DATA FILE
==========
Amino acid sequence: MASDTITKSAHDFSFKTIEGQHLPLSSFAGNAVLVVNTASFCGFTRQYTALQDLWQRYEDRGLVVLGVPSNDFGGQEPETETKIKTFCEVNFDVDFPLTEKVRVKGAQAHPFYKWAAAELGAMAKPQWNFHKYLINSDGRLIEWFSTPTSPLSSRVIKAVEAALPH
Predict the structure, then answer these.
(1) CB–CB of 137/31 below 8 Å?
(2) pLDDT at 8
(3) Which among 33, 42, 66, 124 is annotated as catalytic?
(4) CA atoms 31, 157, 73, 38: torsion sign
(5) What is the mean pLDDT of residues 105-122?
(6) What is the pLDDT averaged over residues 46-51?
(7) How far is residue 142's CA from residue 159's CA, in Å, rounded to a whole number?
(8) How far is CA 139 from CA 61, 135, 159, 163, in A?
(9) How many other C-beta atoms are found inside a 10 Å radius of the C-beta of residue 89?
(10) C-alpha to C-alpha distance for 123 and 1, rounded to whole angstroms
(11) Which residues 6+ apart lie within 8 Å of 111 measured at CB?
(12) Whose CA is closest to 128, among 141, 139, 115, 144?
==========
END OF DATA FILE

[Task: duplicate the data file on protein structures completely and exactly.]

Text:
Amino acid sequence: MASDTITKSAHDFSFKTIEGQHLPLSSFAGNAVLVVNTASFCGFTRQYTALQDLWQRYEDRGLVVLGVPSNDFGGQEPETETKIKTFCEVNFDVDFPLTEKVRVKGAQAHPFYKWAAAELGAMAKPQWNFHKYLINSDGRLIEWFSTPTSPLSSRVIKAVEAALPH
Predict the structure, then answer these.
(1) CB–CB of 137/31 below 8 Å?
(2) pLDDT at 8
(3) Which among 33, 42, 66, 124 is annotated as catalytic?
(4) CA atoms 31, 157, 73, 38: torsion sign
(5) What is the mean pLDDT of residues 105-122?
(6) What is the pLDDT averaged over residues 46-51?
(7) How far is residue 142's CA from residue 159's CA, in Å, rounded to a whole number?
(8) How far is CA 139 from CA 61, 135, 159, 163, in A?
(9) How many other C-beta atoms are found inside a 10 Å radius of the C-beta of residue 89?
(10) C-alpha to C-alpha distance for 123 and 1, rounded to whole angstroms
(11) Which residues 6+ apart lie within 8 Å of 111 measured at CB?
(12) Whose CA is closest to 128, among 141, 139, 115, 144?